How to Spot Food Allergies in Children


Food allergies in children can cause severe reactions including anaphylaxis, and even death. So, it’s no wonder parents and guardians are especially careful when adding new items to the menu.

If you suspect a potential allergy or just want to try some new foods out at the dinner table, this is your guide. Read on to keep your little one safe by learning about common food allergies in children, and potential signs and symptoms to watch out for.

The Most Common Food Allergies

Although thousands of ingredients have been linked to allergic reactions, there are nine primary foods that should be added to your child’s diet with caution:

  • Milk
  • Eggs
  • Peanuts
  • Soy
  • Wheat
  • Tree nuts
  • Shellfish
  • Fish
  • Sesame

Less common allergies can include specific fruits and vegetables, corn, spices, and even meat!

Signs and Symptoms of an Allergic Reaction

When it comes to children’s allergies to food, there is a wide range of signs and symptoms to look out for. And, it can take as long as one hour after eating for a reaction to start.

Minor allergic reactions include symptoms like:

  • Stomach cramps or pain
  • Red, itchy skin rash or hives
  • Facial swelling itching, or tingling
  • Itching, burning, or tightness in the throat
  • Asthmatic symptoms, coughing, runny or stuffy nose, wheezing, or difficulty breathing
  • Eczema

More serious and potentially fatal allergic reactions will require immediate medical intervention, and potentially an epinephrine injection, sometimes referred to by the brand name EpiPen.

Severe allergic reactions include symptoms like:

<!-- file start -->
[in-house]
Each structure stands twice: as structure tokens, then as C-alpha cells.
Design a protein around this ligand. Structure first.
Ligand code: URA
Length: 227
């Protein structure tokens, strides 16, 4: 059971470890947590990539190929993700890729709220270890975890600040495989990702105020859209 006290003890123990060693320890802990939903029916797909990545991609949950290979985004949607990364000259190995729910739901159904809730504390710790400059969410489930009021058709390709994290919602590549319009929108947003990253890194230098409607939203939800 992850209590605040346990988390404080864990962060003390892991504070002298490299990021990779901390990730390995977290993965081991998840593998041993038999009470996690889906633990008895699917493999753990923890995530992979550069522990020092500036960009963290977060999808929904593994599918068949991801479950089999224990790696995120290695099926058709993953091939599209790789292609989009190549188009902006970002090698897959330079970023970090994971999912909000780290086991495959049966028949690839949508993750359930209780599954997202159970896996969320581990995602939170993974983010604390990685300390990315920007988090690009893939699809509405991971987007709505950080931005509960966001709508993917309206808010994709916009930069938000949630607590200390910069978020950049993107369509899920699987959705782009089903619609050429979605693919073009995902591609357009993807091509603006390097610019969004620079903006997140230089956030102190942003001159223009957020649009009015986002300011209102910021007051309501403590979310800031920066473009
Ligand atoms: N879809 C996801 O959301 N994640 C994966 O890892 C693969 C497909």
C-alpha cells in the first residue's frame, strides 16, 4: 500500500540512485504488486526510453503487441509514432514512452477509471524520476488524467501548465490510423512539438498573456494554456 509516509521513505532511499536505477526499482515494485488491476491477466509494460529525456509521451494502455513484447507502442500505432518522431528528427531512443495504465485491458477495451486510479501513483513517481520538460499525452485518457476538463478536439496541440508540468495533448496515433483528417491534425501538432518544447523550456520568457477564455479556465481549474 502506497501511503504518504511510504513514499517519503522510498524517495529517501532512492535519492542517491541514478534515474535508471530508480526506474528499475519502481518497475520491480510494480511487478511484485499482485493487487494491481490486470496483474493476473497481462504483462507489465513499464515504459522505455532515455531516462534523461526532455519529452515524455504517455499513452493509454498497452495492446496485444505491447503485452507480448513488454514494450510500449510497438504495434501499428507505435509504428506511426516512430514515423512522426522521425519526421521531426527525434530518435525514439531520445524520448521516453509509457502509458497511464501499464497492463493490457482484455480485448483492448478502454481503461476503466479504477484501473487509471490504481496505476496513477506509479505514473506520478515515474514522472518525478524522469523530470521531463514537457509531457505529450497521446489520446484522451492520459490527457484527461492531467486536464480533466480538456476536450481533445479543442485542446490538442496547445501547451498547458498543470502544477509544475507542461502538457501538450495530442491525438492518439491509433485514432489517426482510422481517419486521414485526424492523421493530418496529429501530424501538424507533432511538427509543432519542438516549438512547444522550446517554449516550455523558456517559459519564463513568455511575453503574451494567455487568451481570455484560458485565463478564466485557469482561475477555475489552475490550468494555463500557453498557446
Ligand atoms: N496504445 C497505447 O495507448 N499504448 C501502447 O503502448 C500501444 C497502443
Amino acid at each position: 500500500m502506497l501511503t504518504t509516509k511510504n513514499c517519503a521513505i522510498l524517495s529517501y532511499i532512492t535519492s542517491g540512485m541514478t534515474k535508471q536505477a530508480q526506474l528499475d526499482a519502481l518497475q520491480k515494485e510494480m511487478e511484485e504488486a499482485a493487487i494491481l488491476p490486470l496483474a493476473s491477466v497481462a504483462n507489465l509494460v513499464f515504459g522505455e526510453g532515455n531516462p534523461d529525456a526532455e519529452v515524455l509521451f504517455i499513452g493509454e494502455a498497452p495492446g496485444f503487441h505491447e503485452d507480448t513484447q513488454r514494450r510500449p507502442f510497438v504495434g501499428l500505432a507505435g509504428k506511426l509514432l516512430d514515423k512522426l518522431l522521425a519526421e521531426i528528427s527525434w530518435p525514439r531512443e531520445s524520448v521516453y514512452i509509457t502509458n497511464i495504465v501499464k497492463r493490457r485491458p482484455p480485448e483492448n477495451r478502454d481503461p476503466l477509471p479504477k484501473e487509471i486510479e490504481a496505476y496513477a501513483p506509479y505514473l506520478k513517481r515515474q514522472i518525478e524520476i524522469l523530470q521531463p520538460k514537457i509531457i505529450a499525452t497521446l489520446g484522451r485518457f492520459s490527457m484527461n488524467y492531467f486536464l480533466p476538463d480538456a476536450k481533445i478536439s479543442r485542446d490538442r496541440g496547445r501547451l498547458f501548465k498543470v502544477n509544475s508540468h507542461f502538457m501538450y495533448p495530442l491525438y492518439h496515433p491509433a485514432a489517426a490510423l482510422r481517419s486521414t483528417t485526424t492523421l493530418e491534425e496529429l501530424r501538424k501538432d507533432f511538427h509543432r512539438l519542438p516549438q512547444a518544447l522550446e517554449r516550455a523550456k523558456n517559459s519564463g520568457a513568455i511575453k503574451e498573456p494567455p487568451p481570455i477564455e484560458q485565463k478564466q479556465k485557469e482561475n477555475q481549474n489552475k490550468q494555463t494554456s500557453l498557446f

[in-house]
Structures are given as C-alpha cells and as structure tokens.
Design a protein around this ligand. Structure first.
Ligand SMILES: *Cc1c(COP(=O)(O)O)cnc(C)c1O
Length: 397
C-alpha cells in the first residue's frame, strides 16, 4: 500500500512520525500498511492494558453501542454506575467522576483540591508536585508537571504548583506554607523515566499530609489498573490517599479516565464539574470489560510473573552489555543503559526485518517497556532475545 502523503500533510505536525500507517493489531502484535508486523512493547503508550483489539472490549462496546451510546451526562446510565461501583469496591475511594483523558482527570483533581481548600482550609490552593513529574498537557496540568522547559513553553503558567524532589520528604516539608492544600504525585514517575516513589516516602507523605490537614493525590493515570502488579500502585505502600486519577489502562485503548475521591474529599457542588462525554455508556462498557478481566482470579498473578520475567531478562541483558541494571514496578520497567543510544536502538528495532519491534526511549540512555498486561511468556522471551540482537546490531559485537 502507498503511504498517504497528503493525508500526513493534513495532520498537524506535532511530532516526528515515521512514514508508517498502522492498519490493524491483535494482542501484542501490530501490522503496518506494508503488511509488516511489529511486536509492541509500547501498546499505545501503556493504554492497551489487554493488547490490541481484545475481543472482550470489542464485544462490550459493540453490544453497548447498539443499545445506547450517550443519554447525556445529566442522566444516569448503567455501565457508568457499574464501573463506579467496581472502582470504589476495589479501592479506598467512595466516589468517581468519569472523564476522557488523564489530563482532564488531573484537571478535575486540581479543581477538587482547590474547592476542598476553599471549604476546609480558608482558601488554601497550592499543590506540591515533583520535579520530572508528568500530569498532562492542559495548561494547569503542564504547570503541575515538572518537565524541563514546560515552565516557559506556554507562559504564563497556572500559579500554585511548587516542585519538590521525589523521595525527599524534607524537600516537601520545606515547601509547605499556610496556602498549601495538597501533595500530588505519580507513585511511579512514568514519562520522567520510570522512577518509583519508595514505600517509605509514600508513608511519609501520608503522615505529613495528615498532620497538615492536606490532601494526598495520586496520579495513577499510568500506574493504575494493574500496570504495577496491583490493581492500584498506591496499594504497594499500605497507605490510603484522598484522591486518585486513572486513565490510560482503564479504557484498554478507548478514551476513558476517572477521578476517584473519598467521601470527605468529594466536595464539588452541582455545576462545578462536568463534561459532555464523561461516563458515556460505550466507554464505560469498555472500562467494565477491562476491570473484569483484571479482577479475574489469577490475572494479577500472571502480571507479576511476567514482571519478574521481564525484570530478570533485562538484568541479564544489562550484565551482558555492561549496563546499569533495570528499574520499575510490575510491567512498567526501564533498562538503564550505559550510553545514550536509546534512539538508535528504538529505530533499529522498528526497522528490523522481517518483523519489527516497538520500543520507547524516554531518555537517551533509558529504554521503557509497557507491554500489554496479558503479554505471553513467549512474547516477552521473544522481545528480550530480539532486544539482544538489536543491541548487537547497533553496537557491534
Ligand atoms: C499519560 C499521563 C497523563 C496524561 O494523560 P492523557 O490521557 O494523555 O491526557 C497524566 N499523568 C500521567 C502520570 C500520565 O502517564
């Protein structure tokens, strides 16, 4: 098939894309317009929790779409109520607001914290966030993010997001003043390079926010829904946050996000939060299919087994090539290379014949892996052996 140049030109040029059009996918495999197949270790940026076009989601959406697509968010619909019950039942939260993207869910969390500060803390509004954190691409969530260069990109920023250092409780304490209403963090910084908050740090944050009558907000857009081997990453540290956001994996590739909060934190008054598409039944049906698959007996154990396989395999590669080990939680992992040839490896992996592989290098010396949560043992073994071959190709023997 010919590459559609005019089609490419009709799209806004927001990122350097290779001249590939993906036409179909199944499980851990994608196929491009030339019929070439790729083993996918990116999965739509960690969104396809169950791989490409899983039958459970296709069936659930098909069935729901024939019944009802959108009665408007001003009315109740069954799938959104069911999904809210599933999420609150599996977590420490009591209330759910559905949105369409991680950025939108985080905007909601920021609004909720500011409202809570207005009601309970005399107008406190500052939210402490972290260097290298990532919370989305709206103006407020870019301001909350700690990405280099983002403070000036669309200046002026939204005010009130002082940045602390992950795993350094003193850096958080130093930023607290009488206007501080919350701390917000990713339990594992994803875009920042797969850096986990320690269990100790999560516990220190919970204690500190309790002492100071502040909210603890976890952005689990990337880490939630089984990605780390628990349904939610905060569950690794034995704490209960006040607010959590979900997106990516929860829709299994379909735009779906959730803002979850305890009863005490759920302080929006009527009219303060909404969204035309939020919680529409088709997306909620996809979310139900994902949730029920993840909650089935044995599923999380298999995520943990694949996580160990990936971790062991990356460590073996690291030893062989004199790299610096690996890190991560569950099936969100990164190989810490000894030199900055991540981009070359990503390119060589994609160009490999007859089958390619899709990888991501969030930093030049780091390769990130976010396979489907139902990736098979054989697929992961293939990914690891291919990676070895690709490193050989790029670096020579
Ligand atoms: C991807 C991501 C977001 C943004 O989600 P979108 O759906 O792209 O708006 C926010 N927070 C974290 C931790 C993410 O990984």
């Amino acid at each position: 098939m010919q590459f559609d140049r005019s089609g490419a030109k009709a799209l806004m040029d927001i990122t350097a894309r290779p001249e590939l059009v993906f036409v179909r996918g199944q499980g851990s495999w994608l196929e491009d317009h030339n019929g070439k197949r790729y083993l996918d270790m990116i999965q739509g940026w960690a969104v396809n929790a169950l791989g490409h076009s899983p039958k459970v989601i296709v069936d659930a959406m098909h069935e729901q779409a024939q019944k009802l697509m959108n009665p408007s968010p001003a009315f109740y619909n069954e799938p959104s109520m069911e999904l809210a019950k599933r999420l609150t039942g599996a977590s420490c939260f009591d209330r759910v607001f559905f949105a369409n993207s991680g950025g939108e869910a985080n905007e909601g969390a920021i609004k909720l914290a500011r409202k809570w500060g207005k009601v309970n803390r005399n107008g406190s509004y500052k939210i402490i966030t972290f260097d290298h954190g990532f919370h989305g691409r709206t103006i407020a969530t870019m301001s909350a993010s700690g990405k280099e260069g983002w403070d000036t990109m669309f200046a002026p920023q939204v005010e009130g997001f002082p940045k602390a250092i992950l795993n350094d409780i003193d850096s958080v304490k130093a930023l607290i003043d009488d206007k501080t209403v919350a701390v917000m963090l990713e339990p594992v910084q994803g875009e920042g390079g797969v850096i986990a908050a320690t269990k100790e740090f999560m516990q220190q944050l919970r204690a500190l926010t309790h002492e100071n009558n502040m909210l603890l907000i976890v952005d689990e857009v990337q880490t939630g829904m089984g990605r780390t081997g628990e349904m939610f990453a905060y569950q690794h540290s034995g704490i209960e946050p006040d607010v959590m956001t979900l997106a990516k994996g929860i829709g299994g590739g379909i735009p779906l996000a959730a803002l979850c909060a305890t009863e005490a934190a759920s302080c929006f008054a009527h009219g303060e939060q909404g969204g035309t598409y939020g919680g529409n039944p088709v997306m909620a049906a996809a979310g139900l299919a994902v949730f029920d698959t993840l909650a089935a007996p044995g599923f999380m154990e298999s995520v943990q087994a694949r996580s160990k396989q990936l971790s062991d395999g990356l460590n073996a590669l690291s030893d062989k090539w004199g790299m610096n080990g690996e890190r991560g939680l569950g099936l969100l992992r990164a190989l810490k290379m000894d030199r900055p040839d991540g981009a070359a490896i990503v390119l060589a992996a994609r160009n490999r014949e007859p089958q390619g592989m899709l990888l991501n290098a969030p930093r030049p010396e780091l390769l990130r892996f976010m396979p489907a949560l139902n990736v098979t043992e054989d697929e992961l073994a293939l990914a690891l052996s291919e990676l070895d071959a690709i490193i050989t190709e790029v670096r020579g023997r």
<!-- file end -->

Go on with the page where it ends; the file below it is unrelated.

• Nausea, vomiting, or diarrhea
  • Swelling of the face, lips, tongue, and throat
  • Feeling as if the throat is closing
  • Hoarseness or trouble talking
  • Difficulty breathing, shortness of breath, and wheezing
  • Dizziness and lowered blood pressure
  • Cool, moist, or pale blue skin
  • Feeling faint, lightheaded, or confused
  • Fast and weak heartbeat
  • Loss of consciousness
  • Seizure

Keep in mind, babies can also develop food allergies, and are far less able to communicate their symptoms to you. In children too young to talk, you should watch out for colic or fussy behavior, bloody stool, poor growth, and severe eczema.

Get Professional Help

If you have any suspicion that you’ve identified one or more foods that are causing your child to have a mild allergic reaction, it’s time to see a doctor.

You should have a food allergy test performed by a pediatric allergist to be sure that you’ve honed in on the right foods. This can also help identify other sensitivities that you haven’t discovered at home – and keep your child from being exposed needlessly.

If you believe your child is having a severe allergic reaction to food, you should contact emergency medical services or call 911 immediately.

Identifying Food Allergies in Children

If you’ve ever thought that you were going crazy trying to figure out a child food allergy, you aren’t.

Recent studies intended to determine what percent of children have food allergies have revealed shocking statistics: One in 13 kids or around 8% have an allergy to food!

Now that you know a bit more about identifying food allergies in children, take a close look at your little one’s health and eating habits. And, pay attention to what they tell about different foods, as they may be reporting feelings of discomfort associated with an allergy or intolerance.

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